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The real deal

She’s performed on the world stage, but Amy Shark is still humble about her work and her success.

Amy Shark took a no-holds barred approach to writing her powerful and engaging debut album Love Monster, which has seen the Gold Coast singer/songwriter’s star continue to rise.

Ms Shark is heading to the Sunshine Coast as part of her regional tour and says while she headlined the Sea N’ Sound Festival earlier this year, she hadn’t performed a gig on the Coast for many years.

“Noosa is a real hang that me and my family do every year so it’s really great that I can play on the Coast,” she says. “I never thought I’d be able to play there.”

The humble 33-year-old has performed on The Late Late Show with James Corden and The Tonight Show with Jimmy Fallon to audiences of millions and says she continues to feel like her life is a dream.

Ms Shark came to the attention of the nation following the launch of her debut single, Adore, which came in at number two in the Triple J Hottest 100 for 2016 and was subsequently picked up by commercial radio stations. However, she had been doing the hard yards for many years before this breakthrough, which she credits to securing a Regional Arts Development Fund Grant. Ms Shark had actually failed at her first attempt to secure the grant, which pushed the recording of her EP Night Thinker back by 12 months.

But when it was released, the world was well and truly ready for her unique blend of pop and punk. Then came Love Monster, which won an impressive four ARIA awards and her singles Adore, I Said Hi, Weekends, All Loved Up and Mess Her Up all hit the coveted Platinum milestone.

Ms Shark says she became obsessed with music at a young age. “My parents had a great library of amazing bands and artists for me to start listening to at an early age and my ears tuned in really quickly, but I didn’t have the confidence to think that I could sing,” she admits. “All I wanted to do was play guitar. I grew up listening to Mariah Carey and Beyonce, so I thought if you couldn’t sing like those girls, it was a case of don’t even bother.

“But then I found the punk scene and they sung more like what I was capable of, so I felt okay to give it a go.”

Ms Shark played guitar in all-female punk bands Dorothy’s Rainbow and Hansel Kissed Gretel before moving on to her solo music projects, which she funded by working as a video editor for the Gold Coast Titans NRL Club and working the covers circuit around her Broadbeach Waters home.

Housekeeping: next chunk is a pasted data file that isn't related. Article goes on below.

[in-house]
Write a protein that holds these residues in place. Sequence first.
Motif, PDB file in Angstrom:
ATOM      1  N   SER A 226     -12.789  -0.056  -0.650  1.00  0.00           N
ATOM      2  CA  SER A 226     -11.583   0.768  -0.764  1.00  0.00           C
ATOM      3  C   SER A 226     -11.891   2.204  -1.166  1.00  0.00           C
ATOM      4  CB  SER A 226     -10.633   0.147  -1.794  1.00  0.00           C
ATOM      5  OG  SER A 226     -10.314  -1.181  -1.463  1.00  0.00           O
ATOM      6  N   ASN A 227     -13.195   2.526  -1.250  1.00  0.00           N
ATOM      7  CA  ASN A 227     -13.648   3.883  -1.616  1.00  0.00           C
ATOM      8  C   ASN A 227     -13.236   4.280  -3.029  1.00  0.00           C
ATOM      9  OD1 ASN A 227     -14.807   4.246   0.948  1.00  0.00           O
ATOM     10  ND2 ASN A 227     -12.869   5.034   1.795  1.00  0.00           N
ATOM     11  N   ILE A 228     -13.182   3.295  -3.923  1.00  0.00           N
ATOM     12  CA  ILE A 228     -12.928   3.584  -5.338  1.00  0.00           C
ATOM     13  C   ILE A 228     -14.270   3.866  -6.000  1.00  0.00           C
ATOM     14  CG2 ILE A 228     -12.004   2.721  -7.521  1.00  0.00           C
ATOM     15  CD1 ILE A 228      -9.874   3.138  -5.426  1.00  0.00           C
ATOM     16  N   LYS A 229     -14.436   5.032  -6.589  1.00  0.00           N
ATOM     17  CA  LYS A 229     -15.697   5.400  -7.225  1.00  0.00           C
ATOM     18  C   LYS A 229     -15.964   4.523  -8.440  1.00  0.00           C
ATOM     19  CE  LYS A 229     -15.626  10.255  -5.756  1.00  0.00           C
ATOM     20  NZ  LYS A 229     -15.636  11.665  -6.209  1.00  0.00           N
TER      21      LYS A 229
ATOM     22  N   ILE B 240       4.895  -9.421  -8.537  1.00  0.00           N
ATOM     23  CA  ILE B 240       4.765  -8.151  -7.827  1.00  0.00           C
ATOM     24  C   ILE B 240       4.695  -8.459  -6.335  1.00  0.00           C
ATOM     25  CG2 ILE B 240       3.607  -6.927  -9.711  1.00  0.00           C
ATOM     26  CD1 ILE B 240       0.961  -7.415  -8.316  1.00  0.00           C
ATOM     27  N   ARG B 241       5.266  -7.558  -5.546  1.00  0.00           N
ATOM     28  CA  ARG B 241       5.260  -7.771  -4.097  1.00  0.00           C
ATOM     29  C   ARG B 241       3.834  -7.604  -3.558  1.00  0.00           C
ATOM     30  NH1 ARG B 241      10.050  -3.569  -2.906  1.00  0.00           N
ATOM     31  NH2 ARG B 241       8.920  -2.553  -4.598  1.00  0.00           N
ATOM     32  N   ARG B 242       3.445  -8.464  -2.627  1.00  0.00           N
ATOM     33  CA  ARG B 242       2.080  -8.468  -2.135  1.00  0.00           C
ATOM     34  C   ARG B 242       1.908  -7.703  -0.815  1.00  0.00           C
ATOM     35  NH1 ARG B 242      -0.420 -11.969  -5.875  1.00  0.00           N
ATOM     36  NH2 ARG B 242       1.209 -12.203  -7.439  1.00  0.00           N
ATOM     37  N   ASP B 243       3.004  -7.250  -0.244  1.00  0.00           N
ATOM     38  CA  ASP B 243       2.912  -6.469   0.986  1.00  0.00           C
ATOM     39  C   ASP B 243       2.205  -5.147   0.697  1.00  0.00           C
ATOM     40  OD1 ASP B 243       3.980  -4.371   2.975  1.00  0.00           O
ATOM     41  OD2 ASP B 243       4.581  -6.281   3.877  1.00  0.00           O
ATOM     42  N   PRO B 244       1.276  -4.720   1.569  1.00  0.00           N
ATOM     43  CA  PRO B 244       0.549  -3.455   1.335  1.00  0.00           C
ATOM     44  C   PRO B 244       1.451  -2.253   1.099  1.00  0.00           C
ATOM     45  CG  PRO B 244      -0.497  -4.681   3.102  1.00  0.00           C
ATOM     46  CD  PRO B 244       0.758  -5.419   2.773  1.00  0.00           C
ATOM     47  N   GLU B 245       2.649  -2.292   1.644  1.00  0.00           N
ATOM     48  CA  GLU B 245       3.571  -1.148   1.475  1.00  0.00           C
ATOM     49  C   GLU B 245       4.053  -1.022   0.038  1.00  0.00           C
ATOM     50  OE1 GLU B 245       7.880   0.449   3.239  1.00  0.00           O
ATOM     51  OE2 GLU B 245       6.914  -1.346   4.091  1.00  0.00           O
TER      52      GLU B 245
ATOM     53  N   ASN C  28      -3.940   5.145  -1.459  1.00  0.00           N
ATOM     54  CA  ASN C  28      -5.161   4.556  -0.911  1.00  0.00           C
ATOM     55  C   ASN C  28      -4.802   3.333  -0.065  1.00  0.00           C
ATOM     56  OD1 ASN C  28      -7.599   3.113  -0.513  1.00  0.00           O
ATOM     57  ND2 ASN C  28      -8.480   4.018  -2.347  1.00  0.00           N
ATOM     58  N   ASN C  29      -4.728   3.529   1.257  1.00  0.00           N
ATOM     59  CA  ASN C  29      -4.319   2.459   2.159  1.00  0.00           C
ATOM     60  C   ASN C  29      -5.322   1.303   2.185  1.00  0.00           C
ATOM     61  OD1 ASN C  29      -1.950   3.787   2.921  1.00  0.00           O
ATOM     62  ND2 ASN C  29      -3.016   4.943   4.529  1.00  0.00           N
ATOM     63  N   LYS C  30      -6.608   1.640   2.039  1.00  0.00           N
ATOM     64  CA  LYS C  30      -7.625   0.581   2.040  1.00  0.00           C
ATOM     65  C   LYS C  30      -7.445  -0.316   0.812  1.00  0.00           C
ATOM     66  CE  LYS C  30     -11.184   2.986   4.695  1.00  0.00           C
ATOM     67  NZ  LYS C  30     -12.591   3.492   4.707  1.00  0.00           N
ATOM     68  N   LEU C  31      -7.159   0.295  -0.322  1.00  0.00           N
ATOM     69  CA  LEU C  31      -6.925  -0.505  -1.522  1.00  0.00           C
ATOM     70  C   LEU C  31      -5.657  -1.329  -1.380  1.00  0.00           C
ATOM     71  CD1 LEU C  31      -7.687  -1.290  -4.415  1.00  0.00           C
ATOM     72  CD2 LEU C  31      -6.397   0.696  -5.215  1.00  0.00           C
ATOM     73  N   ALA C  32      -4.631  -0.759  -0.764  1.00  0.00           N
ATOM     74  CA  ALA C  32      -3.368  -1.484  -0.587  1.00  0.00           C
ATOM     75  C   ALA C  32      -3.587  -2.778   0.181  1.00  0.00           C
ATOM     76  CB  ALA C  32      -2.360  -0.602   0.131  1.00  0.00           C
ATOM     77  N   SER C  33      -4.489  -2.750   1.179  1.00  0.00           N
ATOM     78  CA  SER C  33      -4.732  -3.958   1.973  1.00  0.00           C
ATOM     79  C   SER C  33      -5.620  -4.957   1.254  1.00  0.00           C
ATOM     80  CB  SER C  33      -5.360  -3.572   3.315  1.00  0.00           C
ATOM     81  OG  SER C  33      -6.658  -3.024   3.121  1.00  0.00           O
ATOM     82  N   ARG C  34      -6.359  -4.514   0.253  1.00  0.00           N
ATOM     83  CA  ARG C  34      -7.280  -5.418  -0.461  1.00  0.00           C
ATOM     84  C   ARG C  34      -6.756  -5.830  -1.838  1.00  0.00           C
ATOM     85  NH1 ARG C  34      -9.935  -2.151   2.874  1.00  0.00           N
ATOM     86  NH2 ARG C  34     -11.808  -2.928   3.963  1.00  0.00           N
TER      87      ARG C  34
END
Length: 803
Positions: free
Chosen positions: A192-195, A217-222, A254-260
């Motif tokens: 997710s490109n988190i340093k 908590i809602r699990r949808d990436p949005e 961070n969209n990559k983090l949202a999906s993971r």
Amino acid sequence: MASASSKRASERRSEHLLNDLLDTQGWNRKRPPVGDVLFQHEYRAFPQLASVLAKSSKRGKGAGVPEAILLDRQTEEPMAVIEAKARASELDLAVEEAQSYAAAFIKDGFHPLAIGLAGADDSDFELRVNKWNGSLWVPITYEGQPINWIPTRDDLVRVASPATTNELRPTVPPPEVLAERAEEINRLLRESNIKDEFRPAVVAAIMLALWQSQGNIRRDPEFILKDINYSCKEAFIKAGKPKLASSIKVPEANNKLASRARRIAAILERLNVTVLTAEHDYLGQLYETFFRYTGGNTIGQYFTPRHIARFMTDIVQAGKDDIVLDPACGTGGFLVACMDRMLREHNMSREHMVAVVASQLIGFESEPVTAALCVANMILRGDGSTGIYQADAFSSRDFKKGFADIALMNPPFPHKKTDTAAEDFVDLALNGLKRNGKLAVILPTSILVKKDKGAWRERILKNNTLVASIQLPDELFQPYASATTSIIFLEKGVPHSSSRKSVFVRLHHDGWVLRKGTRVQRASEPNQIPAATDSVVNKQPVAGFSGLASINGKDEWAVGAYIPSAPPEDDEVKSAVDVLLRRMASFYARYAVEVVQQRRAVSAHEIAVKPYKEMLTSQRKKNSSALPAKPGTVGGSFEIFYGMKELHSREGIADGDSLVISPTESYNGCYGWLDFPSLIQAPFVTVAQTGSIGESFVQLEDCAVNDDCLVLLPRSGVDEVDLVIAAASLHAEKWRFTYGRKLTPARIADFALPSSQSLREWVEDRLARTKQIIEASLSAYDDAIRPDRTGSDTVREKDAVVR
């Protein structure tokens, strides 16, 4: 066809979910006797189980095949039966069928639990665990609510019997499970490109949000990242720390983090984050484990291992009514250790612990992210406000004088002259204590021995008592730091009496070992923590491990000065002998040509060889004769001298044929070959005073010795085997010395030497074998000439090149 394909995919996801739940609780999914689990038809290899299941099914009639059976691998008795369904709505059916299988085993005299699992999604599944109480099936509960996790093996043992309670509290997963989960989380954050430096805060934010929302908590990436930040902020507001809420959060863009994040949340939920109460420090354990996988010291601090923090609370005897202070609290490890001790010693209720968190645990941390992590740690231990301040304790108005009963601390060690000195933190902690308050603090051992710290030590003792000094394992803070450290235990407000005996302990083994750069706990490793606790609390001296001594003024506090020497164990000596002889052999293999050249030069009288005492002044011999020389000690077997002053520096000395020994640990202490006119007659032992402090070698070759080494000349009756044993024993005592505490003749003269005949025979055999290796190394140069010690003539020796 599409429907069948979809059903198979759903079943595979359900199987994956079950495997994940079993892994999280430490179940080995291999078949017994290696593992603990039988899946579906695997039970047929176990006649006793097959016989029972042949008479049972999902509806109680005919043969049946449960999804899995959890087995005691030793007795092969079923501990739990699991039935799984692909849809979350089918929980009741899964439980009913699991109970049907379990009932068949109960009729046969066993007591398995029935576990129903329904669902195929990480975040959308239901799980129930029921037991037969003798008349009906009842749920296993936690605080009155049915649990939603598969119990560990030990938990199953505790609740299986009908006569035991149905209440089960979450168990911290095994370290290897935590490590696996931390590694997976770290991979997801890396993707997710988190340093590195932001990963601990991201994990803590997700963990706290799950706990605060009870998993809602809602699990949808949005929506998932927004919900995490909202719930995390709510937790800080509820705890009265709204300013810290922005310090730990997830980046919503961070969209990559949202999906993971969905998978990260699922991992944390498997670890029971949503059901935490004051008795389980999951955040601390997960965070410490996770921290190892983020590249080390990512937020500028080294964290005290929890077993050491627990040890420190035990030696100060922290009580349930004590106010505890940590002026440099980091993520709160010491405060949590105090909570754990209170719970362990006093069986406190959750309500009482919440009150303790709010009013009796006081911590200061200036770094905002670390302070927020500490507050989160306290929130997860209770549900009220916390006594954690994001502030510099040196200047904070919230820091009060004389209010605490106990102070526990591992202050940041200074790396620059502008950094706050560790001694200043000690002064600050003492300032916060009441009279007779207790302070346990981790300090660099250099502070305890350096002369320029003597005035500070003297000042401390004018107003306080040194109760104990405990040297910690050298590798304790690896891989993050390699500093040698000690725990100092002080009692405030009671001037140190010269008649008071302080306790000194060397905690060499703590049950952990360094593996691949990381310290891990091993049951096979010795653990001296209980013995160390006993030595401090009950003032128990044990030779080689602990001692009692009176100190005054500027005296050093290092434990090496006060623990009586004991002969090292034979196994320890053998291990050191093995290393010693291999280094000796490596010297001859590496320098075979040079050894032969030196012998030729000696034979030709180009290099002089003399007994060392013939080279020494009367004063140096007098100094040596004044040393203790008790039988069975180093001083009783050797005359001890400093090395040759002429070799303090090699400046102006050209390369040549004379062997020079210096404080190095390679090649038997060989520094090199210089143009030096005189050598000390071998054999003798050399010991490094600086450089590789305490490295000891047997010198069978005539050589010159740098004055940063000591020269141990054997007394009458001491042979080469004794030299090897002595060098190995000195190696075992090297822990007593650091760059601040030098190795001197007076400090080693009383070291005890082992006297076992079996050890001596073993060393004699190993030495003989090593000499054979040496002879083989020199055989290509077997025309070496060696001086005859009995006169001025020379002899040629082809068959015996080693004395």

She describes her time on the covers circuit as “soul-destroying”, but it provided her with the money to hit the recording studio to capture her original music. “Over the years so much stuff happened in my life with relationships and other dramas and I needed an outlet to talk about it, so I did it through my music and it became addictive.

“I always have a guitar in my hand when I’m at home or on tour and I’ll fiddle around on the guitar for hours. Sometimes I might fall into chords like I did with Adore and hear that they sound pretty or they sound strong. If it’s a good day, I’ll come out with something in one session, but others might take me a while.

“I went in pretty fearless with Night Thinker and just wrote from the heart. With Love Monster, I was confident that I knew I had what I thought were some good songs to share with the world. And went into it with a mindset of even if this was as far as I go, if I crash from here, who really cares?

“For me, it’s just so important that my songs connect. I give a lot of myself to my fans and I want to keep giving them those details in my songs.”

Ms Shark says one of the “really heavy” parts of being so open is that she often hears the emotional struggles her fans go through at meet and greets. “I’ve had people collapse and break down as they share their tough times and, on reflection, it makes me think that I wrote quite selfishly in that I was reflecting on how bad my life was at a particular time and didn’t think too much about how my messages might affect others,” she says.

“But it is incredible when I hear stories of how people have related to my music and used it to lift them up, like if they’ve been bullied or had an incredibly emotional relationship. To hear that it has helped them and they have connected to me in a way that makes them feel like they know me so well is really beautiful.”

Just a few years ago, Ms Shark was stoked to sell around 80 tickets to a gig in her home town, but now she is selling out arenas and headlining major festivals.

“I still get nervous any time I’m doing a show or going on tour … because I always stress about whether anyone is actually going to turn up,” she says.

“I guess I’m scarred by all of those years of being let down because it was really hard to make any waves on the Gold Coast.”

But she says “the next stage is going to be great. I’m definitely going to attack my next album differently and continue to let the music do a lot of the talking.”\

Amy Shark will perform at Venue 114 on October 18. Tickets are available now at


Roxy has been a journalist for more than a decade and joined the MWP team at the end of 2016. She is a chocolate-powered writing machine who loves to engage with the Coast community, uncover untold inspirational stories and share information that can help people.

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